bone marrow-derived DC
The inhibitory effect of DAP12 on macrophages has been revealed by examining myeloid cells from DAP12-deficient mice. In this report, we demonstrate that both DAP12 and the FcϵRIγ-chain (FcRγ) are required for negative regulation of TLR responses in bone marrow-derived dendritic cells (DC). Loss of both DAP12 and FcRγ enhanced the pro-inflammatory cytokine production and maturation of DC after TLR stimulation, resulting in a greater percentage of DC that produced IL-12 p40, TNF, and IL-6, and expressed high levels of MHC class II, CD80, and CD86. Whereas DC lacking only DAP12 showed some increased TLR responses, those lacking only FcRγ had a greater enhancement of maturation and cytokine production, though to a lesser extent than DC lacking both DAP12 and FcRγ. Additionally, antigen-specific T cell proliferation was enhanced by DAP12–/–FcRγ–/– DC relative to wild-type DC after maturation. Similar to DAP12–/–FcRγ–/– DC, Syk-deficient DC also had increased inflammatory cytokine production, maturation, and antigen presentation. These results confirm the inhibitory effect of immunoreceptor tyrosine-based activation motif (ITAM) signaling in myeloid cells and show that DC and macrophages differ in their dependence on the ITAM-containing adapters DAP12 and FcRγ for negative regulation of TLR signaling.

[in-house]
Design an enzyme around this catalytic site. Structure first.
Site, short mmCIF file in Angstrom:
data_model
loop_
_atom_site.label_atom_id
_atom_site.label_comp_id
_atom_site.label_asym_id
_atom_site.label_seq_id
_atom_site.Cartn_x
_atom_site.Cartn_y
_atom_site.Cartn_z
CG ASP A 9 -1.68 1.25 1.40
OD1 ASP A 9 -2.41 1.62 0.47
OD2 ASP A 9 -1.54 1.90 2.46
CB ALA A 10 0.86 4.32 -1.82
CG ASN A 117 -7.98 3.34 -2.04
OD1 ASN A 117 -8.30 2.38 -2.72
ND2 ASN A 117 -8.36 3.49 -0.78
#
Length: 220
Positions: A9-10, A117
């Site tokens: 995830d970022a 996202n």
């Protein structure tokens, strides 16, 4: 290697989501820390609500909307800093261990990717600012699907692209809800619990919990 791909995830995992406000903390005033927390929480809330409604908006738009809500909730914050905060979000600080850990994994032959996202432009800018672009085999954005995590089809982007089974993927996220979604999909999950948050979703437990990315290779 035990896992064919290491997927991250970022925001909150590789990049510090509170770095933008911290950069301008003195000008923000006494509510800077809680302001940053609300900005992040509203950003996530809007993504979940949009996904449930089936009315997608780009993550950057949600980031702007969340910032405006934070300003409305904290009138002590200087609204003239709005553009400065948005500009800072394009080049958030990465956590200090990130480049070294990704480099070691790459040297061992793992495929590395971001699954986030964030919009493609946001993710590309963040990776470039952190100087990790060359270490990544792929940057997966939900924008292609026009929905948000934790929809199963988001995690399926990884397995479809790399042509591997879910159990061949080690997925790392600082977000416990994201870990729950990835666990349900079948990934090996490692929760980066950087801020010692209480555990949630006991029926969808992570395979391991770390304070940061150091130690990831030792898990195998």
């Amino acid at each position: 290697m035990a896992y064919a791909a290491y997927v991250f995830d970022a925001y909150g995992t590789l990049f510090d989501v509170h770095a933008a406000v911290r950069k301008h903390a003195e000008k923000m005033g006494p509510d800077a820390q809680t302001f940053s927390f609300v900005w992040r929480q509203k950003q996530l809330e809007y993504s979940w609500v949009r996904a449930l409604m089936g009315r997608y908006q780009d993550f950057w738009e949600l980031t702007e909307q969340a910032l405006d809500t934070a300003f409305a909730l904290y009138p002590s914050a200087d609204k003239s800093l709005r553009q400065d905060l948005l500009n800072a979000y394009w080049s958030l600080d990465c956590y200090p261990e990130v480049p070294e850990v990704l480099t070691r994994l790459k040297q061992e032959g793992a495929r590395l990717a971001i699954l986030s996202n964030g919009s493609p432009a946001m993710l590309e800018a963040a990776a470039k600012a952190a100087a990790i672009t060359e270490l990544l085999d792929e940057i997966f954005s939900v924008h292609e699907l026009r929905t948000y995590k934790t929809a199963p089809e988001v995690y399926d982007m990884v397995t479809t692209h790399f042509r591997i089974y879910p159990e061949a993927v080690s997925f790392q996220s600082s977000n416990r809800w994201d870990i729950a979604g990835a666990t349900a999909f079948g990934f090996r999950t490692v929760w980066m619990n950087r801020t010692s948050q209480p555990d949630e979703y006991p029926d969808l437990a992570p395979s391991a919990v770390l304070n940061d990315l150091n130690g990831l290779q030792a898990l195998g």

Dendritic cells (DC) are potent antigen-presenting cells, which capture and process antigens in peripheral tissues, and then migrate to secondary lymphoid organs where they activate T cells to initiate adaptive immune responses 1. Exposure of DC to pathogen products or pro-inflammatory stimuli induces DC maturation, which dramatically enhances the ability of DC to activate antigen-specific T cells 2. Toll-like receptors (TLR) are one family of receptors expressed by DC and other myeloid cells that detect pathogen-associated molecules 3. TLR ligation causes the activation of NF-κB and MAP kinase pathways, resulting in DC maturation, which is characterized by up-regulation of MHC class II and costimulatory molecule expression as well as cytokine production 4.